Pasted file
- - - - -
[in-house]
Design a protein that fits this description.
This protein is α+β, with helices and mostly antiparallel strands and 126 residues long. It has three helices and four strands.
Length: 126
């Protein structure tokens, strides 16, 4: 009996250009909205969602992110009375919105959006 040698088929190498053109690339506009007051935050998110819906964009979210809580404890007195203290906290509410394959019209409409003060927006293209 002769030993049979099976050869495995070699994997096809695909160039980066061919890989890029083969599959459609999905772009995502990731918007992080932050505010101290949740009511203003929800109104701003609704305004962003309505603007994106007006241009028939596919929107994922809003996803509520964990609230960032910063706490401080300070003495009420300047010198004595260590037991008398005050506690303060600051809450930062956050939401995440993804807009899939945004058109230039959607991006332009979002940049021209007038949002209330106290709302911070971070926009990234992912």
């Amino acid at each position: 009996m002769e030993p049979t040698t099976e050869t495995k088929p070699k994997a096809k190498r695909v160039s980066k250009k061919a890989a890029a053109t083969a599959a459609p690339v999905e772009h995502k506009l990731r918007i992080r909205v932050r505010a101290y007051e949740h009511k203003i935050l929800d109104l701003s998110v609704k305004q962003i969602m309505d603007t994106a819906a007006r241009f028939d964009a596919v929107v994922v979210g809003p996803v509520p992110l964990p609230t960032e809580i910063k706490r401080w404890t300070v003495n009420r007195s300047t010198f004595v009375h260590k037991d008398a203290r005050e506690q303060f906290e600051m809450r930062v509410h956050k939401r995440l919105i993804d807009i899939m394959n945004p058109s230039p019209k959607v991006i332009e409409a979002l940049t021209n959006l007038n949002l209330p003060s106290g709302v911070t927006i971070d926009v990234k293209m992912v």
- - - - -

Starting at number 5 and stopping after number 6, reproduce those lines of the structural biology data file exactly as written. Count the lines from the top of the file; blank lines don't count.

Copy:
């Protein structure tokens, strides 16, 4: 009996250009909205969602992110009375919105959006 040698088929190498053109690339506009007051935050998110819906964009979210809580404890007195203290906290509410394959019209409409003060927006293209 002769030993049979099976050869495995070699994997096809695909160039980066061919890989890029083969599959459609999905772009995502990731918007992080932050505010101290949740009511203003929800109104701003609704305004962003309505603007994106007006241009028939596919929107994922809003996803509520964990609230960032910063706490401080300070003495009420300047010198004595260590037991008398005050506690303060600051809450930062956050939401995440993804807009899939945004058109230039959607991006332009979002940049021209007038949002209330106290709302911070971070926009990234992912």
């Amino acid at each position: 009996m002769e030993p049979t040698t099976e050869t495995k088929p070699k994997a096809k190498r695909v160039s980066k250009k061919a890989a890029a053109t083969a599959a459609p690339v999905e772009h995502k506009l990731r918007i992080r909205v932050r505010a101290y007051e949740h009511k203003i935050l929800d109104l701003s998110v609704k305004q962003i969602m309505d603007t994106a819906a007006r241009f028939d964009a596919v929107v994922v979210g809003p996803v509520p992110l964990p609230t960032e809580i910063k706490r401080w404890t300070v003495n009420r007195s300047t010198f004595v009375h260590k037991d008398a203290r005050e506690q303060f906290e600051m809450r930062v509410h956050k939401r995440l919105i993804d807009i899939m394959n945004p058109s230039p019209k959607v991006i332009e409409a979002l940049t021209n959006l007038n949002l209330p003060s106290g709302v911070t927006i971070d926009v990234k293209m992912v």